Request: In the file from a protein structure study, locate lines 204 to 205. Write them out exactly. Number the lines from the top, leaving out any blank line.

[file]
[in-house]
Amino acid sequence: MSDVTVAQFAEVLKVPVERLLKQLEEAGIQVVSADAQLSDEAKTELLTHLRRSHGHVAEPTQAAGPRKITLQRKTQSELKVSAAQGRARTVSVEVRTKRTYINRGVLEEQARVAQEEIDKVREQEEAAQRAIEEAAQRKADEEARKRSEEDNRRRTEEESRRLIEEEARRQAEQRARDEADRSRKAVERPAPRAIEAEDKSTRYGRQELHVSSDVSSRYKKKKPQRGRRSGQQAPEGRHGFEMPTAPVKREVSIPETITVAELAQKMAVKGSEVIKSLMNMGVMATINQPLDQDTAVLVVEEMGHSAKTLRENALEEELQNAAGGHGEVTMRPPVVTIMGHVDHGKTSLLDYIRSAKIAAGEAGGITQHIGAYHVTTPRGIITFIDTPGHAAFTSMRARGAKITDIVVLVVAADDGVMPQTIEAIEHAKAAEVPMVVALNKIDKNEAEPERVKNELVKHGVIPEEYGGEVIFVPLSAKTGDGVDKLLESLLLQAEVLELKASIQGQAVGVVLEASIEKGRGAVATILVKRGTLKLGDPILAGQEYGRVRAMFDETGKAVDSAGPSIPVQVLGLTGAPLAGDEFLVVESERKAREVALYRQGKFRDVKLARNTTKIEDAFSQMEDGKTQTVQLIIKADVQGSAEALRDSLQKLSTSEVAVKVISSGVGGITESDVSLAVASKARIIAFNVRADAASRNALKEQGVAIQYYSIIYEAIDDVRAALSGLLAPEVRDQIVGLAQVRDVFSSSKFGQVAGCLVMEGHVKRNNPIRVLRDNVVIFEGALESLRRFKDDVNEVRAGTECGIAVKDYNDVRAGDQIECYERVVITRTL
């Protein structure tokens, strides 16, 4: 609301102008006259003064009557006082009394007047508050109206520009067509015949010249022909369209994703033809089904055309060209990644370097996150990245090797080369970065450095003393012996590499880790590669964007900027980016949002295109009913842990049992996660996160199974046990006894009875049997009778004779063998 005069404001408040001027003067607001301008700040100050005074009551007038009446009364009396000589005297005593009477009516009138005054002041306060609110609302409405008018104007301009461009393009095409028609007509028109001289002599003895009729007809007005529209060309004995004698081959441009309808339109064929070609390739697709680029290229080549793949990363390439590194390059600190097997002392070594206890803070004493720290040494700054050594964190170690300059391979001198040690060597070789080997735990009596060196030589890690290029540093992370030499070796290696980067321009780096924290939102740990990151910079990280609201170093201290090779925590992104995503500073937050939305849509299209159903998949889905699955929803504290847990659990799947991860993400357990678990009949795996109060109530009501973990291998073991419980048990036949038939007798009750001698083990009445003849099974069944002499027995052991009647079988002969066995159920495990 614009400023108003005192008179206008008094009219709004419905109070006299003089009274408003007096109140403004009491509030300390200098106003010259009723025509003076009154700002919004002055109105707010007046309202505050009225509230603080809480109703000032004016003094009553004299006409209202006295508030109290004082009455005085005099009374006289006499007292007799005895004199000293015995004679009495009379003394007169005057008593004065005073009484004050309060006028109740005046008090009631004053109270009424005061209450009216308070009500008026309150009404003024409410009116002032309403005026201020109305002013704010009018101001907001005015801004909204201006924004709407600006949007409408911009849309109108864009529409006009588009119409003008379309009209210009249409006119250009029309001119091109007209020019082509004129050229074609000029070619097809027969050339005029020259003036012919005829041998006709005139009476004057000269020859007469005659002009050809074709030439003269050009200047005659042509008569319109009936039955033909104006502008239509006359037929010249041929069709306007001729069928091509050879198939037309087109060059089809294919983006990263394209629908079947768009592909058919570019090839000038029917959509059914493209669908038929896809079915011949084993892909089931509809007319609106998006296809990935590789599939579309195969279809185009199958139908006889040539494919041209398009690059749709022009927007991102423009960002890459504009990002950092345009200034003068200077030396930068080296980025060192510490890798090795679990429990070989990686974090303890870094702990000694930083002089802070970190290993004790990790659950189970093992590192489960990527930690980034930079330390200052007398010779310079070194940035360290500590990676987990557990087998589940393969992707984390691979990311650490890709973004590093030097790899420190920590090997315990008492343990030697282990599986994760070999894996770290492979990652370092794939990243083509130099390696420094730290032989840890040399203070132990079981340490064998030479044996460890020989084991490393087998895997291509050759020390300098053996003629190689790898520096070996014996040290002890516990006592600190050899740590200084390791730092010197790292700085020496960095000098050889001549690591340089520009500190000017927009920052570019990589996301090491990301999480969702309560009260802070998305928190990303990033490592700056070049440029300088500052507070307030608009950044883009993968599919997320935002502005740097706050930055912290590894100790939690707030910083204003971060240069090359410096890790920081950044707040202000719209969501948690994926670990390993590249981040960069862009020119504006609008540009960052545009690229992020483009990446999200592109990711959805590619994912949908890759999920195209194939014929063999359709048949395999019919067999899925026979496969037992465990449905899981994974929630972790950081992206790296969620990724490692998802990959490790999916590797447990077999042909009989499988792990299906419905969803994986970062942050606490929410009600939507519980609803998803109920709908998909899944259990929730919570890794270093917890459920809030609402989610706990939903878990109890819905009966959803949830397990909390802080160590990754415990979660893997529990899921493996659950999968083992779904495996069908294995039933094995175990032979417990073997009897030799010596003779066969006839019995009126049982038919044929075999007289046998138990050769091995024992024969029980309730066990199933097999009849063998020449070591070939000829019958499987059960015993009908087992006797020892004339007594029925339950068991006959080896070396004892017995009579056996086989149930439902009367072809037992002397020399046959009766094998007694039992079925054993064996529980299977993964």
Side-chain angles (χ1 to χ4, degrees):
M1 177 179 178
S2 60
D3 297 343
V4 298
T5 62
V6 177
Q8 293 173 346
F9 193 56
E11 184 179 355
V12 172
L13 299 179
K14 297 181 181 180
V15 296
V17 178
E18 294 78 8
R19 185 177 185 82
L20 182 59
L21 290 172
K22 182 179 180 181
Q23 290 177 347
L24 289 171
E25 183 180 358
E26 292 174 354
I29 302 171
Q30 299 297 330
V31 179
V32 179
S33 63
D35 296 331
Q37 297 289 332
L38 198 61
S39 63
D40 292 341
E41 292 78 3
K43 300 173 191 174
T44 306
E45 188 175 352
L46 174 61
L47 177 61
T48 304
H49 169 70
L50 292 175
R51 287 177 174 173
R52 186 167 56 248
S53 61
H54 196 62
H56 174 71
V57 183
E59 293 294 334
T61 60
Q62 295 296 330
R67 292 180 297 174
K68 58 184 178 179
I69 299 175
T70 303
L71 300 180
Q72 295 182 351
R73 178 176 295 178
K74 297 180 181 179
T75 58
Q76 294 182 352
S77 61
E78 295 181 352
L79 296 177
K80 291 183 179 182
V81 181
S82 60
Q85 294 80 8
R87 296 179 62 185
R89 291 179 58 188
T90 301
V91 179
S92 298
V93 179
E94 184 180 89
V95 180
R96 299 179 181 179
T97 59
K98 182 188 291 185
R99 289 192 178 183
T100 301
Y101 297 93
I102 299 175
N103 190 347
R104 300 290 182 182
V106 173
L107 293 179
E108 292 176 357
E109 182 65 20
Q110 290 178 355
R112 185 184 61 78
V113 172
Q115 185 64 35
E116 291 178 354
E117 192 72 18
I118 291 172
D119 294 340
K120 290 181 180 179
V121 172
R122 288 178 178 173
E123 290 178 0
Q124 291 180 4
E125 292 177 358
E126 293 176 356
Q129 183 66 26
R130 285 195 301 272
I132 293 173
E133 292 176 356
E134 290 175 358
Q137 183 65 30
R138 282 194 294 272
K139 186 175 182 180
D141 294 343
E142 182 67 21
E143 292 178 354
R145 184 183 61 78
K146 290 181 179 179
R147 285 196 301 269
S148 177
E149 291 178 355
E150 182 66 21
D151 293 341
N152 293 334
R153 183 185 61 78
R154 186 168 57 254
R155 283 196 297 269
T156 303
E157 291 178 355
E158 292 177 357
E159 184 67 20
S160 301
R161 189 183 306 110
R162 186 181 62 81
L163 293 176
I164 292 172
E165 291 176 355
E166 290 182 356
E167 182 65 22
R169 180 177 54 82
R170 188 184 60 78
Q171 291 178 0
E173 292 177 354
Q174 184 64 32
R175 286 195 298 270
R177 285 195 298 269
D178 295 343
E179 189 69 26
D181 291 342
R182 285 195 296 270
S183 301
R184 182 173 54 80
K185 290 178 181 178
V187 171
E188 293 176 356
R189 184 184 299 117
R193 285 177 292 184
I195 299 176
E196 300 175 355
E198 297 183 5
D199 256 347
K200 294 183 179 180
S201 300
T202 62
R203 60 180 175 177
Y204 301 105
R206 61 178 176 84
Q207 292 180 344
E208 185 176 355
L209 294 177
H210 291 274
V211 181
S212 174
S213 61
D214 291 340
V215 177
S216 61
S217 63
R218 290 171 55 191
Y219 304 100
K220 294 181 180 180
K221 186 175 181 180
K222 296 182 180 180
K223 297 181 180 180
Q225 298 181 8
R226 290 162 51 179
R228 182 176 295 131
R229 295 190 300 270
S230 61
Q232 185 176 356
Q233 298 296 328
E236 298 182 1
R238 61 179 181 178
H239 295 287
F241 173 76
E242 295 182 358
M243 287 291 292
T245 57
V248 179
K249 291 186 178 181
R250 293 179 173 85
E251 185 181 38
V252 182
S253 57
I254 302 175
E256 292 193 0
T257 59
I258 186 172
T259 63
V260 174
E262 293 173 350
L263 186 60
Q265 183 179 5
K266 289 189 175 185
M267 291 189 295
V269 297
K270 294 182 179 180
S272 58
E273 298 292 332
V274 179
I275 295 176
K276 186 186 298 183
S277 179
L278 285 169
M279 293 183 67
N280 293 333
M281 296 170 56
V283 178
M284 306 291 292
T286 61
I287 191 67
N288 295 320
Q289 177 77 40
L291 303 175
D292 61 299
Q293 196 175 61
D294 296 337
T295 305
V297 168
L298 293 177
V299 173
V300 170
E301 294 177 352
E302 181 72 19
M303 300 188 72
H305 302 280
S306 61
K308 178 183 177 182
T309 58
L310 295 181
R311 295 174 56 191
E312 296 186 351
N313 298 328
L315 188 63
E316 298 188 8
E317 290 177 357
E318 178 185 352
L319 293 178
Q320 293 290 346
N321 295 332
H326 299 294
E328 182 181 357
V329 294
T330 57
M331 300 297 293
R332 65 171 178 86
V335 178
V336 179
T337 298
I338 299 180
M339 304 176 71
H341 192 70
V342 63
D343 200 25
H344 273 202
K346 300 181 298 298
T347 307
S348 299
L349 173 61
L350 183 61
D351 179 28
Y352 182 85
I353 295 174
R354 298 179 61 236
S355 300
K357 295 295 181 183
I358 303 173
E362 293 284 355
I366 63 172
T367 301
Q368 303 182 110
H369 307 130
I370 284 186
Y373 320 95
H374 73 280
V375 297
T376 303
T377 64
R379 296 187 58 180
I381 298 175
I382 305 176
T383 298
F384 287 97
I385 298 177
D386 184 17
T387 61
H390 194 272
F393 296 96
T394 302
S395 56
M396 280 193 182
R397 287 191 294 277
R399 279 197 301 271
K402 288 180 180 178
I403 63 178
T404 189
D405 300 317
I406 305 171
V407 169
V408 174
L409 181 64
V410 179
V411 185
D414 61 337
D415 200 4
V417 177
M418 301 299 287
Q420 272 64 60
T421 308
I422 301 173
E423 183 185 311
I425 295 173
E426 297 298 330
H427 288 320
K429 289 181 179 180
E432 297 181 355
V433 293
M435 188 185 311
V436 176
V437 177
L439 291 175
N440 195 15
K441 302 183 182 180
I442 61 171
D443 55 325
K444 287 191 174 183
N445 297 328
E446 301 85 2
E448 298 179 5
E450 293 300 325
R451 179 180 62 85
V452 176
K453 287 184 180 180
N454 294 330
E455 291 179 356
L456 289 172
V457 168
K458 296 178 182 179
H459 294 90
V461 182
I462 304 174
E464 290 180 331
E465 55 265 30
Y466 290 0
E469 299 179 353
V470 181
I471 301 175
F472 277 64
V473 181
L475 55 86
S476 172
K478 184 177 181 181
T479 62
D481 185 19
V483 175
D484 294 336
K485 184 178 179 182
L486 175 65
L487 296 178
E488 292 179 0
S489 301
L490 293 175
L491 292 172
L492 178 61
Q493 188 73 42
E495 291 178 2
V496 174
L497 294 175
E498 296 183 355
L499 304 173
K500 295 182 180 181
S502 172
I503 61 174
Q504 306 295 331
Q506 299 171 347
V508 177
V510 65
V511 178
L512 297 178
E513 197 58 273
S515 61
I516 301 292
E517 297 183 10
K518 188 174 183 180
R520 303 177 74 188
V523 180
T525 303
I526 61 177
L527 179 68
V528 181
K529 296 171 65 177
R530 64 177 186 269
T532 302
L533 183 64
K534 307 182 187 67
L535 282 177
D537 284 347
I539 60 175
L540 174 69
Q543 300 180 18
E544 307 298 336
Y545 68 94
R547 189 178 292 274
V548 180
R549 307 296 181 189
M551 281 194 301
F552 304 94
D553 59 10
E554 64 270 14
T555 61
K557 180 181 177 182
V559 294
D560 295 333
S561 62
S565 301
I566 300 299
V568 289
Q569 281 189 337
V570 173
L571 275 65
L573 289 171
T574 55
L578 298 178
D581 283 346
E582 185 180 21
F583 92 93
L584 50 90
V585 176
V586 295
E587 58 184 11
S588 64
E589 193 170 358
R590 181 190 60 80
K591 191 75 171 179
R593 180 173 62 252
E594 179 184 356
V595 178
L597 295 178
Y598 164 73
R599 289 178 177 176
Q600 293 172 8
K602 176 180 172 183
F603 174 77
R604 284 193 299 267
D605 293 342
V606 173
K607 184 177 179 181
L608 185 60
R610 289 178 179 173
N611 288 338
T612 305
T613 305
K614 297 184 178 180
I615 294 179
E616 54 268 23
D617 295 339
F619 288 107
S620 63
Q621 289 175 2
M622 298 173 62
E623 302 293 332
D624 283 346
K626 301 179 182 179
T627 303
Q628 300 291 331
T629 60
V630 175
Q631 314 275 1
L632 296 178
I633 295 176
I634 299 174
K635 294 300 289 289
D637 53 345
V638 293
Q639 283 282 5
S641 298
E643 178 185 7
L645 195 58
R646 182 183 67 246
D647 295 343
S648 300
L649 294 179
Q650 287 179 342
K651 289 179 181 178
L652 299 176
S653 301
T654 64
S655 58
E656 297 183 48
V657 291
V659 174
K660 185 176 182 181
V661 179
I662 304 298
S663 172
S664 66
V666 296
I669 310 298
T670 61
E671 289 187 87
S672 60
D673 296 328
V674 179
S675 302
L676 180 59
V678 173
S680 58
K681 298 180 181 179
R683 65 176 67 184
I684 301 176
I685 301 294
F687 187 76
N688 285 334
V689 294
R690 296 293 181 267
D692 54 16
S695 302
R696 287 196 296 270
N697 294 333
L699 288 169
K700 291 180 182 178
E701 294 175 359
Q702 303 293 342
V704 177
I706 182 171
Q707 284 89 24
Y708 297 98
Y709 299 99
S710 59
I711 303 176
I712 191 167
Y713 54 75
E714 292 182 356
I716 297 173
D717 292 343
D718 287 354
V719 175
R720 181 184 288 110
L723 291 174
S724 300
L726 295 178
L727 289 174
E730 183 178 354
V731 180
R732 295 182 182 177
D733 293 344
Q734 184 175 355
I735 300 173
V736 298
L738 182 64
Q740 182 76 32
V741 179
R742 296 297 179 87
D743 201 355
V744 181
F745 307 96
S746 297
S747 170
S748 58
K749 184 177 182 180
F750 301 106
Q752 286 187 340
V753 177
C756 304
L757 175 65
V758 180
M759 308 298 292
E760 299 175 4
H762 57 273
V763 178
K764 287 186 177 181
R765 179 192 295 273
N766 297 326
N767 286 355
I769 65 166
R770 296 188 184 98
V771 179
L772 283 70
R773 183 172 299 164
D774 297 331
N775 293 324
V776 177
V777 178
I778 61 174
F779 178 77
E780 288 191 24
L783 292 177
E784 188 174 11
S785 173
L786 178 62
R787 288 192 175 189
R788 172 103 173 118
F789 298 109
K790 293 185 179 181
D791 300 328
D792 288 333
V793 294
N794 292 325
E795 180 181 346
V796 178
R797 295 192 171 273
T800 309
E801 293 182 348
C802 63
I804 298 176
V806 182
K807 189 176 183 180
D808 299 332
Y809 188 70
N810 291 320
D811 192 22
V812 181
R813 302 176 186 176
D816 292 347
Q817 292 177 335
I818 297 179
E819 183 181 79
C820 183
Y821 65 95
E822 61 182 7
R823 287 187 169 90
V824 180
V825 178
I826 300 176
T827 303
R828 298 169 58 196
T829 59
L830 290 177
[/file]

R250 293 179 173 85
E251 185 181 38